The National Maritime Authority (DIMAR) recently published a proposed regulatory framework for the development of offshore wind farms. Similar to other countries, Colombia is trying to diversify its energy sources. The implementation of a clear set of rules for this endeavour, therefore, is essential.

In 2020, the DIMAR gave pre-feasibility approval to a wind farm project – Vientos Alisios (trade winds). Therefore, the interested party was requested to provide DIMAR with documentation within an 18-month deadline so that the project could advance to its next stage under the regulation currently in force.

While other projects could happen in the future, a regulatory regime that could provide more certainty to local and foreign investors and allow a bidding process to exist for the purpose is still at a developmental stage.

The new proposed framework establishes six different stages of the competitive bidding process:

  • publication of the conditions of the bidding process;
  • authorisation;
  • nomination of areas for offshore wind farm development;
  • offer submission;
  • offer evaluation and selection of the successful bidder; and
  • formalisation of the contract.

This framework will initially allow for a temporary occupation permit in given areas for the respective investors. Such permits can later be converted into maritime concessions to construct, operate and dismantle the project.

The new proposed resolution is intended to replace Resolution 794 of 2020, which originally contained technical criteria and procedures for maritime concessions in projects related to the development and/or construction of renewable energy infrastructure projects.

On this basis, the proposed regulatory framework intends to make it possible for the bidding process to be carried out with more than one interested bidder. This builds on a recommendation that was made in the Offshore Wind Roadmap for Colombia, which found that there was no regulatory framework in place for a competitive bidding process.(1)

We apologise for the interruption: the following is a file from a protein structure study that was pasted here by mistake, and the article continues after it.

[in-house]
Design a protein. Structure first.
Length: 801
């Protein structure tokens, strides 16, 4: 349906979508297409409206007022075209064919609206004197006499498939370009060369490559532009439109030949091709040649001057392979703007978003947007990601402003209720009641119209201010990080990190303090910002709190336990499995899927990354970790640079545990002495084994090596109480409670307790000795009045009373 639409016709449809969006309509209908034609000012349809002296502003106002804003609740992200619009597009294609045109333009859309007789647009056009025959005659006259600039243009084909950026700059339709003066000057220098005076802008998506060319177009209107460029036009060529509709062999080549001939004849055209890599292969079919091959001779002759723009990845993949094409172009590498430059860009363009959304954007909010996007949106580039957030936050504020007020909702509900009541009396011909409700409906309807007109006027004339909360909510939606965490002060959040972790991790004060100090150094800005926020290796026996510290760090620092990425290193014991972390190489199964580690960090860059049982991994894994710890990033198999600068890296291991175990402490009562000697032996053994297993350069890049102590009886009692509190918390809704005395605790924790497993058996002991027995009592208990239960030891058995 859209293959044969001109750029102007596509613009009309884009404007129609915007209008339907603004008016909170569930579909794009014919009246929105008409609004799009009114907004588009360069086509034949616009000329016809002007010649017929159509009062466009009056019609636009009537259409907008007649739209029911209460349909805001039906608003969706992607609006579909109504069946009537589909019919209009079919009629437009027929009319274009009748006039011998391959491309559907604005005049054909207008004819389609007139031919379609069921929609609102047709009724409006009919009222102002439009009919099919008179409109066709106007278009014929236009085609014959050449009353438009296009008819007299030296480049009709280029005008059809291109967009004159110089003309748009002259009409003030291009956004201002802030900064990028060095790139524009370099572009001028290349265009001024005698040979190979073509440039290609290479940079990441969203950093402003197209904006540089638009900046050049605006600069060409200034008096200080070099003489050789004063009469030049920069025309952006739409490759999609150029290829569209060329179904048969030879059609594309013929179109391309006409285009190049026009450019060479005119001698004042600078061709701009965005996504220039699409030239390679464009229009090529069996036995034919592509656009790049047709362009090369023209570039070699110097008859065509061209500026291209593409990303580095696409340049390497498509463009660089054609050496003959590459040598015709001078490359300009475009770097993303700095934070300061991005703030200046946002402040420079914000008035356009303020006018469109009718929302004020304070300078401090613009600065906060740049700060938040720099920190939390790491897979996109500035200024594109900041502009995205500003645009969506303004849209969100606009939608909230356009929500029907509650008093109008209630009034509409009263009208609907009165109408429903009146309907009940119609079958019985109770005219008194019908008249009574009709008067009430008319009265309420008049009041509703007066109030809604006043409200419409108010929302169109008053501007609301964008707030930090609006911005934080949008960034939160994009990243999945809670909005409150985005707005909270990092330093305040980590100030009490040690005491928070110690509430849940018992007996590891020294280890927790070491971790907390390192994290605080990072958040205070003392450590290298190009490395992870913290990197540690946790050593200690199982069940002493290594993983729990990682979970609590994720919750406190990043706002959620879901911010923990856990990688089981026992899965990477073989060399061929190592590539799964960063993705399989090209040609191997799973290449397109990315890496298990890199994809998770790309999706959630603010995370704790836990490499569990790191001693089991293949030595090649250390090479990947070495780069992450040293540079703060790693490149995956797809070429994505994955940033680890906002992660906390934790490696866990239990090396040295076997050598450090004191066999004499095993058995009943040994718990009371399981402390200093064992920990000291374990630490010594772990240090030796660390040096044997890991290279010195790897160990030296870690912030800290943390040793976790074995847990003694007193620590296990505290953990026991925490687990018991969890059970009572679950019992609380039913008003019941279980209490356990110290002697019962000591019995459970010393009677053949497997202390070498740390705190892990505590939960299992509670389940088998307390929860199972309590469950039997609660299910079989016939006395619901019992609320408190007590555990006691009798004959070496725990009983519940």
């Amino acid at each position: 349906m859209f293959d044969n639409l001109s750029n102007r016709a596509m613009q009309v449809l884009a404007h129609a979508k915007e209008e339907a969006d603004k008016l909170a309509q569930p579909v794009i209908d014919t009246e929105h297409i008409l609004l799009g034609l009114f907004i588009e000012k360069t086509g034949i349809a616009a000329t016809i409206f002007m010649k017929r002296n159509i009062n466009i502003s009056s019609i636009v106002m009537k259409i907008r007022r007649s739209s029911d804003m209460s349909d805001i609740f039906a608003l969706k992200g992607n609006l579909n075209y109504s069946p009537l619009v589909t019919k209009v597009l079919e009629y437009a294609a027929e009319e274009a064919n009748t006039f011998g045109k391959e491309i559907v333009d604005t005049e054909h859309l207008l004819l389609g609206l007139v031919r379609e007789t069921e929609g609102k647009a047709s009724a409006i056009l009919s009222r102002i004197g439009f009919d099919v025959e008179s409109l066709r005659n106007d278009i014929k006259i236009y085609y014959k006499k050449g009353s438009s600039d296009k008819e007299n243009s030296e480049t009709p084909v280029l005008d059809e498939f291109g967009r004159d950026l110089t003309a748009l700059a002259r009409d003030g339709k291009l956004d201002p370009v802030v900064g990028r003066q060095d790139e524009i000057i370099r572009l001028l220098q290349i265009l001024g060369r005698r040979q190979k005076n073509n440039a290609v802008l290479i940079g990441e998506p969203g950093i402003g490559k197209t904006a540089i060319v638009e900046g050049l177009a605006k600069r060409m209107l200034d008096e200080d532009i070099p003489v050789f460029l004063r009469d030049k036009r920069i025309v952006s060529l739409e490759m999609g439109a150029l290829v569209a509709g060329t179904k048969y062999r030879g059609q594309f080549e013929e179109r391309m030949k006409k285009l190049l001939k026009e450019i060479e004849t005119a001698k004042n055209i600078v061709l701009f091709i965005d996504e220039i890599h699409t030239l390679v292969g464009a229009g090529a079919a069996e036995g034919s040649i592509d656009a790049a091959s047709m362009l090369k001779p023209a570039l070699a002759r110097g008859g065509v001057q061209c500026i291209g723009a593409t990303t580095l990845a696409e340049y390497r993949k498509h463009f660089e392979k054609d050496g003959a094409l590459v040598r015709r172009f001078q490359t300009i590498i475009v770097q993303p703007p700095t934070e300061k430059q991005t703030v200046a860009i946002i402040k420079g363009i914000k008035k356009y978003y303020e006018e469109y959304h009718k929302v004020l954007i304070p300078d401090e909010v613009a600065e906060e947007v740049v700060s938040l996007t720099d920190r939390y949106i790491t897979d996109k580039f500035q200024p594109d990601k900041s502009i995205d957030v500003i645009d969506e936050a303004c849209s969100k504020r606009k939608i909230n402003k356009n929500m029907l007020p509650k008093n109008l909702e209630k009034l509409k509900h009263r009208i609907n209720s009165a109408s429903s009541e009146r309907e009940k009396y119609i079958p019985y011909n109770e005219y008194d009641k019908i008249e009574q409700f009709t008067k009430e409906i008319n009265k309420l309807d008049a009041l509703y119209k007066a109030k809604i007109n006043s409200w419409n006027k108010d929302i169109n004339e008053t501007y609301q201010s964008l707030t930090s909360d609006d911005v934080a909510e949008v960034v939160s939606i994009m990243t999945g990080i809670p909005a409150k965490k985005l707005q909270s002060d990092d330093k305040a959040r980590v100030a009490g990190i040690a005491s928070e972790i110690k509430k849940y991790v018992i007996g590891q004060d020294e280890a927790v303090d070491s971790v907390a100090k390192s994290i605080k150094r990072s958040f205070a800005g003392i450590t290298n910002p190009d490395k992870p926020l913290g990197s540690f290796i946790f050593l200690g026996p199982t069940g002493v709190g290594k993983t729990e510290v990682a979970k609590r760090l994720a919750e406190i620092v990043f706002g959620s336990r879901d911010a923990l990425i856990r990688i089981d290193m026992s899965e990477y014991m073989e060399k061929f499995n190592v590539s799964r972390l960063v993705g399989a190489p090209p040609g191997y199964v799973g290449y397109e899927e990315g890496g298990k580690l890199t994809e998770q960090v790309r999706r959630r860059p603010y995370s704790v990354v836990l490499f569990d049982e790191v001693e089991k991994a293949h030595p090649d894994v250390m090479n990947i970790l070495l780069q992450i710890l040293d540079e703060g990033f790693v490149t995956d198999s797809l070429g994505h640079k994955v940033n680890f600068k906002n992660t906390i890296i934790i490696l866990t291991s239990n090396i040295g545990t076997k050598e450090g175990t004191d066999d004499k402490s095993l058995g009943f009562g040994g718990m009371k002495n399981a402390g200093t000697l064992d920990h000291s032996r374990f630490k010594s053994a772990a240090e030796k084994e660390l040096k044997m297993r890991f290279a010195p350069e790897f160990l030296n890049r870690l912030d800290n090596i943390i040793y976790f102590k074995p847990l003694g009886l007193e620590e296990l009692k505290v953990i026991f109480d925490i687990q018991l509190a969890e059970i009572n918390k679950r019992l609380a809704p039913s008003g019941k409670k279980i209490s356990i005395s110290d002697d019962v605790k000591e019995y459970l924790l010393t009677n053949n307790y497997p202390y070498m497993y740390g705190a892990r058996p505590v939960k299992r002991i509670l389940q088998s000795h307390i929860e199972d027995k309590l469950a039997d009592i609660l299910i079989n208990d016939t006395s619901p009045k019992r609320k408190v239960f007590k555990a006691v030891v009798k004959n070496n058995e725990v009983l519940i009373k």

On the other hand, there is still discussion as to what other aspects should be regulated by the new proposed regime. For instance, there are many questions as to whether the traditional categories of "vessel" and "naval artefact" are applicable to floating wind turbines and the would be implications.

It appears that Colombia still has several challenges to overcome as it diversifies its energy sources, which should be aided by improving various aspects of the proposed regulatory framework.

For further information on this topic please contact Javier Franco at Franco & Abogados Asociados by telephone (+57 1703 5633) or email ([email protected]). The Franco & Abogados Asociados website can be accessed at


(1) The Renewables consulting Group & ERM, Hoja de ruta para el despliegue de la energía eólica costa afuera en Colombia, p.176.